The organization was formed in the 1990s by a group of students in Kandahar. The students were unhappy with the lack of enforcement of Islamic law after the collapse of the communist regime. But Foothill College Political Science Professor Kerri Ryer traces terrorist organizations like the Taliban to even earlier. 

“Following the end of WWII and the creation of Israel, Osama bin Laden formed Al-Qaeda in response to the violence inflicted upon the Palestinians,” Ryer said in an email. “Their goal is to make the U.S. self-implode using terrorist tactics. It is also important to note that the Taliban were rural tribespeople, who were quite poor and lived off the land. Members of Al-Qaeda were/are much more urban and richer, and they view the Taliban as barbaric.”

At the beginning of the war in Afghanistan, the Taliban retreated and collapsed in December of. 2001, early into the invasion of Afghanistan by the U.S. Later, the former Taliban commander at the time, Mullah Dadhullah, was assassinated in an effort by U.S. and Afghan forces as a part of the reconstruction efforts of Afghanistan. 

Peace talks with the Taliban resumed in 2020, the U.S. and the Taliban leaders signed a peace treaty. However, Ryer explains that despite the unstable history with the Taliban, the U.S, signing a peace treaty may have been the U.S.’s only option. 

Graphic by Anika Sharma

“Declaring war against things like terrorism, or drugs, or poverty never end well,” Ryer said in an email. “After two decades in Afghanistan, the U.S. has spent trillions of dollars and lost many American lives. Fighting terrorism is a lost cause because it requires fighting an enemy it cannot permanently erase and thus it is unending. I think if anything, the United States has finally acknowledged that it cannot just maintain occupation of Afghanistan.”

However, similar to Nava, senior Sriya Vennam believes the decision to withdraw puts the people who remain in Afghanistan at risk.

“I feel like Biden knew that [the withdrawal]  would cause confusion,” Vennam said. “The deadline that he put was really close to when they evacuated. ….I feel like the people in Afghanistan [who are] still there are going to have to follow Sharia Law,  which is what the Taliban are going to enforce.”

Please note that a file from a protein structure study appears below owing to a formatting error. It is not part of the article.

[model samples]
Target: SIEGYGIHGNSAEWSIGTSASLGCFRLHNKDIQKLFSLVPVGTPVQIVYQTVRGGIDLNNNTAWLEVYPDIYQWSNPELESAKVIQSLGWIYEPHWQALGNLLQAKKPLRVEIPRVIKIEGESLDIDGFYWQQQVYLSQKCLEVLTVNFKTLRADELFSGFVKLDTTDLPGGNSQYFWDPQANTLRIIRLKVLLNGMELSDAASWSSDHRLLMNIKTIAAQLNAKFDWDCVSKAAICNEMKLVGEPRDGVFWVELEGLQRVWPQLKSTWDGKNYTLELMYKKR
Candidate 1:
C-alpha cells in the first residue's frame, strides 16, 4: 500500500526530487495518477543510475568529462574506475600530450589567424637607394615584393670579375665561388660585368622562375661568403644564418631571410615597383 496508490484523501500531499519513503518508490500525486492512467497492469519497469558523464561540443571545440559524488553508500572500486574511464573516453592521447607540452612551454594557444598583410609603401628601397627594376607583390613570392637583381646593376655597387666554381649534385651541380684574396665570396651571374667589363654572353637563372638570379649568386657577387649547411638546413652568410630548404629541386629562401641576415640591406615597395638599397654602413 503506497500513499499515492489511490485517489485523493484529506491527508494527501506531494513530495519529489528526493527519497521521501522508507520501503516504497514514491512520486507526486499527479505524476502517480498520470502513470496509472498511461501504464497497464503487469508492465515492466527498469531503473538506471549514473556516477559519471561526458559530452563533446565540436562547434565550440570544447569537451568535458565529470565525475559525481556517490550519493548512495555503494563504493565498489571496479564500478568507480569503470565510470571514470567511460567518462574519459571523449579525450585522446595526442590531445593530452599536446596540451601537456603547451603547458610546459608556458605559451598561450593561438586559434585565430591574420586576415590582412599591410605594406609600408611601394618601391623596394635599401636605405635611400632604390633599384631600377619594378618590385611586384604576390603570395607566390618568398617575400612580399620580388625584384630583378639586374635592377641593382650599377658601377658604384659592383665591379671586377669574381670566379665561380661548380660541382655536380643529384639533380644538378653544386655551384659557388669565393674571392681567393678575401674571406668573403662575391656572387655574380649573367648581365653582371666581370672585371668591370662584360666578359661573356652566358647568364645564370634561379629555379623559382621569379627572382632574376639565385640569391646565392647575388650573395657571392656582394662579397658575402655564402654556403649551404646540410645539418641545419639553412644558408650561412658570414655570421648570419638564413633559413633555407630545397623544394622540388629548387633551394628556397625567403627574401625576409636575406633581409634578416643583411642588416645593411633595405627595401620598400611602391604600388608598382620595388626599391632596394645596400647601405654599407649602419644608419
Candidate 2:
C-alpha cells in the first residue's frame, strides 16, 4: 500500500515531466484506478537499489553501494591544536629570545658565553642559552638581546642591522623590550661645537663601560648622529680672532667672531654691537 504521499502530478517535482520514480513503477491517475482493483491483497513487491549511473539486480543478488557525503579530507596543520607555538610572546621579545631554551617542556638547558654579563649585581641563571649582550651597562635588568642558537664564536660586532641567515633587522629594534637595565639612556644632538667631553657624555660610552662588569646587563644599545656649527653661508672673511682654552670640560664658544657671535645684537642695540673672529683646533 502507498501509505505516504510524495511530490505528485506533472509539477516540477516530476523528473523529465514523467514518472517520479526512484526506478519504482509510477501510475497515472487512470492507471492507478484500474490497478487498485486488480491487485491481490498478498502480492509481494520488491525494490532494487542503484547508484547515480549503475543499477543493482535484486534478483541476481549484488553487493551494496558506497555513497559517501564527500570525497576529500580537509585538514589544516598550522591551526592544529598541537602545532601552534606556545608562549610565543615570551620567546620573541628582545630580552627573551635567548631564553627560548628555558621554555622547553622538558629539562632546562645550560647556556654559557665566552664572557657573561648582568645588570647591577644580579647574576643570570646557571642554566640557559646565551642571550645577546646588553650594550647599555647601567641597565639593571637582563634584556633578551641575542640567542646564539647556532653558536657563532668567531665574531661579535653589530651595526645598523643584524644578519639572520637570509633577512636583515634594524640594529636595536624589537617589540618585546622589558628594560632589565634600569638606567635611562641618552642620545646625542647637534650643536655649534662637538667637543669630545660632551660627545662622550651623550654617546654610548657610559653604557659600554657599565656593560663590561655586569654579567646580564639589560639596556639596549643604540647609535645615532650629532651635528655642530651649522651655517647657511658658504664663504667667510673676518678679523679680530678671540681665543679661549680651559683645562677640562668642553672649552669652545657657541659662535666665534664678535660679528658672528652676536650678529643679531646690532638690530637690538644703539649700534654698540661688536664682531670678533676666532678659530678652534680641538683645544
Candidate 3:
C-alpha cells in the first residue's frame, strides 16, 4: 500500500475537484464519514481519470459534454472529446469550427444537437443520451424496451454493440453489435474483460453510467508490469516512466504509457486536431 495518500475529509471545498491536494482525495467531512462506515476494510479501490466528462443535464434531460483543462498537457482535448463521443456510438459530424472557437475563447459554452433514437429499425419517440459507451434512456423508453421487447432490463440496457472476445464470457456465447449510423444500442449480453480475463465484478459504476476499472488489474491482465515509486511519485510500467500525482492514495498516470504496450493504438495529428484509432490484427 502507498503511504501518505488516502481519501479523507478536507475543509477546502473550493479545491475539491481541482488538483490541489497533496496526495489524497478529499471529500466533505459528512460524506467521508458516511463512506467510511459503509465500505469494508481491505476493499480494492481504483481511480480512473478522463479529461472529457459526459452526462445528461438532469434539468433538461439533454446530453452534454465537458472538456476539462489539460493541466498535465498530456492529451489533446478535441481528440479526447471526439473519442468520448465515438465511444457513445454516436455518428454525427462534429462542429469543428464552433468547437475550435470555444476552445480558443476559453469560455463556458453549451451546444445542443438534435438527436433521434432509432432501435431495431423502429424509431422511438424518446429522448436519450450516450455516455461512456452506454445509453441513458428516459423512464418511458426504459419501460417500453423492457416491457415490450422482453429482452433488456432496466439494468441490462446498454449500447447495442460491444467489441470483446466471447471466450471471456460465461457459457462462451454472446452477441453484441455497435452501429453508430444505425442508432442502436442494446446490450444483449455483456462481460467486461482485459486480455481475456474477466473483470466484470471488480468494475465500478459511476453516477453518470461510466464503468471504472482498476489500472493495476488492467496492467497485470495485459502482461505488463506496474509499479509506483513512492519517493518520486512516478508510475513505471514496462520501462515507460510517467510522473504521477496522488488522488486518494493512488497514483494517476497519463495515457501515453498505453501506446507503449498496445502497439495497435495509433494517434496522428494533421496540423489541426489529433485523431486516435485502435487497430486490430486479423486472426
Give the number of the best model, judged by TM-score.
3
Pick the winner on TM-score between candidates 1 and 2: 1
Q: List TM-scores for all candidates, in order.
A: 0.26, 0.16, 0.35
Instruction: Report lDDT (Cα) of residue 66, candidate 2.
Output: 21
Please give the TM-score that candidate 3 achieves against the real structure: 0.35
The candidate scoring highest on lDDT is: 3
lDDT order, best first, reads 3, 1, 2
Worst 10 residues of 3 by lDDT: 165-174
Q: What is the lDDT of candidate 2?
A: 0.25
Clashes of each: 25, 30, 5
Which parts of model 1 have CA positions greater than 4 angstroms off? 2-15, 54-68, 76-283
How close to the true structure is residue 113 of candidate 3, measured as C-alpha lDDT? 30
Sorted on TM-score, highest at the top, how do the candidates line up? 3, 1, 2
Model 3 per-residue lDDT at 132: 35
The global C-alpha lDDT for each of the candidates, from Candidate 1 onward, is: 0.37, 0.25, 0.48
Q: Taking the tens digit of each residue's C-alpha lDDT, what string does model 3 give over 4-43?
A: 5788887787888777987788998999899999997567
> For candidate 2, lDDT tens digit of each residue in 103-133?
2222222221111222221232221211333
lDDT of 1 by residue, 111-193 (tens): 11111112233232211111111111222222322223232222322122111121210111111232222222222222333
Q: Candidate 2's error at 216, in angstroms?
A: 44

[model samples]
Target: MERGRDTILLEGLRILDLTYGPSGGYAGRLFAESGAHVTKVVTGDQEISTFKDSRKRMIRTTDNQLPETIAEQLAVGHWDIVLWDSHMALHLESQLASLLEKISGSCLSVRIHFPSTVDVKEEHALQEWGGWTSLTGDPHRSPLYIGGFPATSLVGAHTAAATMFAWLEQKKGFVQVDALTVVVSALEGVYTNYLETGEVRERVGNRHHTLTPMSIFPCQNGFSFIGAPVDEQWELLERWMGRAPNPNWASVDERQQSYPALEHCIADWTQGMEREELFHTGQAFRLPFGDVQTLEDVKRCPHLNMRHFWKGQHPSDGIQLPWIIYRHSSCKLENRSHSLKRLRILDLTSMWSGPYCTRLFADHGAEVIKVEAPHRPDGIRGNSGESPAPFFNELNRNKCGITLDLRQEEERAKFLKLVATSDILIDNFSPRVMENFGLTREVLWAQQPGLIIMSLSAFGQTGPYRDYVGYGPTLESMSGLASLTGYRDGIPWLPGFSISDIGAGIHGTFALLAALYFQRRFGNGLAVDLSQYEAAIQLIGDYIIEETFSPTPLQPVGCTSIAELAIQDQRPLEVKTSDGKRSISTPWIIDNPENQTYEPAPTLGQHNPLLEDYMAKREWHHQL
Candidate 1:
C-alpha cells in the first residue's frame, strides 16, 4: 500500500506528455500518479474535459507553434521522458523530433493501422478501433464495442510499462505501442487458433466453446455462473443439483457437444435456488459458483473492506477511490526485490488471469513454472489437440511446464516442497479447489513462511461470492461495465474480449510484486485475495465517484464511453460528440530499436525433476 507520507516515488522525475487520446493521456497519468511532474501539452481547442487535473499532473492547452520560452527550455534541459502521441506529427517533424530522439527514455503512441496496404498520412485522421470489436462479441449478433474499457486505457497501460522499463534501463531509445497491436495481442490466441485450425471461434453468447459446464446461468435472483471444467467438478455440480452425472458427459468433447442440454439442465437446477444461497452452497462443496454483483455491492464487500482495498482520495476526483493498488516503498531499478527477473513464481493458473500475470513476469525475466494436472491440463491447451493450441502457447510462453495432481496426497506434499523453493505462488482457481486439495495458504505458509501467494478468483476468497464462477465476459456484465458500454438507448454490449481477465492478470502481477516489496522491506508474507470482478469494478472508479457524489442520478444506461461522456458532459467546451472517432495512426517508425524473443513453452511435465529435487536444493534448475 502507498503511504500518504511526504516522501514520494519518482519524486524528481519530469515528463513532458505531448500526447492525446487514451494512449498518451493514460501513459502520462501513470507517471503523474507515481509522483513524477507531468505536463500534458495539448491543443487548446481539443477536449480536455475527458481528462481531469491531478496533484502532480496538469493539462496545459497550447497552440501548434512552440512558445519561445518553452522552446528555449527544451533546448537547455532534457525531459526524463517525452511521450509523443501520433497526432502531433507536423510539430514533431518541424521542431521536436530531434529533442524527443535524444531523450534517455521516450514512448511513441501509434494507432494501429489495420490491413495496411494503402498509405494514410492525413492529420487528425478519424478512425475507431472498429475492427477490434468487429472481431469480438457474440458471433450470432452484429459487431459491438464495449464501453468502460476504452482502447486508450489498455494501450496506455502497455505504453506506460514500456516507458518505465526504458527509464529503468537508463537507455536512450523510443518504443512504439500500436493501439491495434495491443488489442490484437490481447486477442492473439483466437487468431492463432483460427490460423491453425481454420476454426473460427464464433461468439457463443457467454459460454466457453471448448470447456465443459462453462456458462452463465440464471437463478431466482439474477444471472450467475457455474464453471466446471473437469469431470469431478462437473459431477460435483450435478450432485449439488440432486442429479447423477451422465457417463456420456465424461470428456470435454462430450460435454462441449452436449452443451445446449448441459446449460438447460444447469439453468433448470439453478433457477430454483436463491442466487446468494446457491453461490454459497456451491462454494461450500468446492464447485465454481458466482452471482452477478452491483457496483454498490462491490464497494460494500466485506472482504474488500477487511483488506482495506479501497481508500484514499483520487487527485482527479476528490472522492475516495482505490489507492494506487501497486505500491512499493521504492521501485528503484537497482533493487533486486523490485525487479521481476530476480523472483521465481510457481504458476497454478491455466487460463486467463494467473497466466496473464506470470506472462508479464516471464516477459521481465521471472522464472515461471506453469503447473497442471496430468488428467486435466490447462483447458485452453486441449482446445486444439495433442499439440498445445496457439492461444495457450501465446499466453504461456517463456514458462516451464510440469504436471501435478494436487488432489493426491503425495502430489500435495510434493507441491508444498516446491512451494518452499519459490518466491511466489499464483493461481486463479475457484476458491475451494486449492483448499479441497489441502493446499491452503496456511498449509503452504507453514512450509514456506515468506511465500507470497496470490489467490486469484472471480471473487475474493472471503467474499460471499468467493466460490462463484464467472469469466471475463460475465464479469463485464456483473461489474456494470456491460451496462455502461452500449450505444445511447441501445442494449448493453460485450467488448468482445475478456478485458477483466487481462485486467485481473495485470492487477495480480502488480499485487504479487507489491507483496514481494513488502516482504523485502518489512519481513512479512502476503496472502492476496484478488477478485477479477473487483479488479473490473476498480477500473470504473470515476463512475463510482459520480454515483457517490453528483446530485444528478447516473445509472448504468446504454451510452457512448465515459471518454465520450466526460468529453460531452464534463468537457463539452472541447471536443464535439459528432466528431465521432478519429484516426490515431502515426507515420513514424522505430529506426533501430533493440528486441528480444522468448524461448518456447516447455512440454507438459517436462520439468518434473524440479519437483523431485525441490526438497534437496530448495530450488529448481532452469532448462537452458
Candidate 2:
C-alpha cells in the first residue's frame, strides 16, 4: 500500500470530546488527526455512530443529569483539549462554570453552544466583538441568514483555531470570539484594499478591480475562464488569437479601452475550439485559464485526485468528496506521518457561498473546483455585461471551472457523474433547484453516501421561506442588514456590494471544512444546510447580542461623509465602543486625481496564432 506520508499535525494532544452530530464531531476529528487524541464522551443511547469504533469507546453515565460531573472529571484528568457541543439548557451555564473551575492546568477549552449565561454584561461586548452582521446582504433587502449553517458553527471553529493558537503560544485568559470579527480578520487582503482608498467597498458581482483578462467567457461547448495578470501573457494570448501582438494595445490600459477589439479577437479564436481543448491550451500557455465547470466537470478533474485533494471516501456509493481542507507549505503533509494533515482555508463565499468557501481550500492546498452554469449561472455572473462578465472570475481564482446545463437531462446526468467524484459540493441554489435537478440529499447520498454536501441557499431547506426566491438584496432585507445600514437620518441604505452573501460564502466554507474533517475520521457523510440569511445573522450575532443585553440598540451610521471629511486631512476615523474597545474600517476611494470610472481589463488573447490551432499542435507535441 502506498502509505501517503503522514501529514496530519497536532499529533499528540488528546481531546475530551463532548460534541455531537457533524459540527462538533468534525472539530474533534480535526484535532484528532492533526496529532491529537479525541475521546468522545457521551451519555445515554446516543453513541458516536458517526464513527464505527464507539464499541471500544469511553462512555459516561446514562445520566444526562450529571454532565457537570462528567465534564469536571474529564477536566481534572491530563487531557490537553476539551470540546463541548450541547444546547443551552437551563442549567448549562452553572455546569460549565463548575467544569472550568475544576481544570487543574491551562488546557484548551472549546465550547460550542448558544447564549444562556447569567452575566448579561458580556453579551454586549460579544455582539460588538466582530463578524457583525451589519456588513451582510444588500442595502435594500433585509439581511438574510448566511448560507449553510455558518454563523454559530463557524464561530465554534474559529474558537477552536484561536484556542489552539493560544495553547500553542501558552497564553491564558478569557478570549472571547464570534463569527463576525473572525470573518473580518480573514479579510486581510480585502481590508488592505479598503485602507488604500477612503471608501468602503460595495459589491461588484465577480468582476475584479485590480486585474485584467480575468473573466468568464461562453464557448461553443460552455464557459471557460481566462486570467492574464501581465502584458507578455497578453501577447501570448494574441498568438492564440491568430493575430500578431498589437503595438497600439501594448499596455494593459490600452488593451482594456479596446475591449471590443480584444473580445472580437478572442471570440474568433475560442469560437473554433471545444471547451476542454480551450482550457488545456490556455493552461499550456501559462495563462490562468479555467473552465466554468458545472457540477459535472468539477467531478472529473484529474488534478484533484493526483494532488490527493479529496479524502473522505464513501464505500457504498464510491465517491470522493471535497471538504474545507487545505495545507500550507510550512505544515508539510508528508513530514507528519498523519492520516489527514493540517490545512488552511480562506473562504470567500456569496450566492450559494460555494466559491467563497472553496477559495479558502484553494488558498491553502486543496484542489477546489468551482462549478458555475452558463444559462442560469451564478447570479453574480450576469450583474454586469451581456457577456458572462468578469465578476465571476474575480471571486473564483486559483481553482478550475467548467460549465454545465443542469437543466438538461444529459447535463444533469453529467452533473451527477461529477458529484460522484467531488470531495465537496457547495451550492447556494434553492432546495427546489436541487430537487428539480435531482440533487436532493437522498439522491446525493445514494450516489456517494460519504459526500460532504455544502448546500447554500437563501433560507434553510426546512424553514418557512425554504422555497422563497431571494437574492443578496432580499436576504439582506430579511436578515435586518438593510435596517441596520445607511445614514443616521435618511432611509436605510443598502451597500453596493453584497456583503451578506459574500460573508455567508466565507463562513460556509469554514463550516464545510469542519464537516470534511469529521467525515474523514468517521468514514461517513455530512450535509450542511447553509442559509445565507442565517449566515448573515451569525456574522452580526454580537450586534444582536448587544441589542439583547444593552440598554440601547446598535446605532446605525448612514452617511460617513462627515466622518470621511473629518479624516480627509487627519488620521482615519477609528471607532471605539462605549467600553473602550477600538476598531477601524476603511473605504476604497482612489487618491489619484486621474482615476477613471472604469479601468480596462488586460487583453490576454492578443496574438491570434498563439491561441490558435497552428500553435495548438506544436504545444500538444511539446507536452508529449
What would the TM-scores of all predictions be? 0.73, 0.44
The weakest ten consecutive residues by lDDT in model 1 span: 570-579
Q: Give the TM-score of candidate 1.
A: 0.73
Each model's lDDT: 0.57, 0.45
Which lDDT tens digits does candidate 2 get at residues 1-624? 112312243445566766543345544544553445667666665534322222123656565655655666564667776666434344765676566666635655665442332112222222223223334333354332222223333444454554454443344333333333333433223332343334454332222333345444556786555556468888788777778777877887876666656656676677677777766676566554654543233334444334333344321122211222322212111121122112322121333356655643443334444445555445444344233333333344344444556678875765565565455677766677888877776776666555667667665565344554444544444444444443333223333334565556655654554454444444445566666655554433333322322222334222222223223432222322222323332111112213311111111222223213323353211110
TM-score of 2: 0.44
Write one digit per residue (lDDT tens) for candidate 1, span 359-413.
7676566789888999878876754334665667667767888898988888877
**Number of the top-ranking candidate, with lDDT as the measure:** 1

Technology has increased the reach of groups like the Taliban, allowing them to pose a greater threat. Although Professor Ryer believes that the Taliban is a threat, she says other groups such as ISIS are more dangerous and willing to use violence and theorize about the future for Afghanistan.

Graphic by Anika Sharma

“Now that the U.S. is out of Afghanistan, the state is vulnerable to another civil war as these three groups — the Taliban, Al-Qaeda, and ISIS — will fight each other for power and control,” Ryer said in an email. “It just demonstrates that either the Taliban have failed to get ISIS under its control, or that they have negotiated deals with them that are in direct conflict with the agreement they made with the United States.”

Consequences have already emerged, with an ISIS attack on the Kabul airport in which 13 U.S. service members and 60 Afghan citizens were killed. Ryer commented about how, in the future, women’s education and rights and to LGBTQ+ rights may be jeopardized.

“I would expect the Taliban to enforce a strict adherence to Sharia law and ‘punish’ anyone who assisted the ‘infidels,’” Ryer said in an email. “I’d say I’m not surprised by [the attack on the Kabul Airport] at all and I’m expecting to see more in the news in the coming days the airport itself is such a significant target, not just as a symbol and location of the West, but strategically —who has control of the airport will impact who controls Afghanistan following the withdrawal. Jihadists are not going to miss the opportunity.”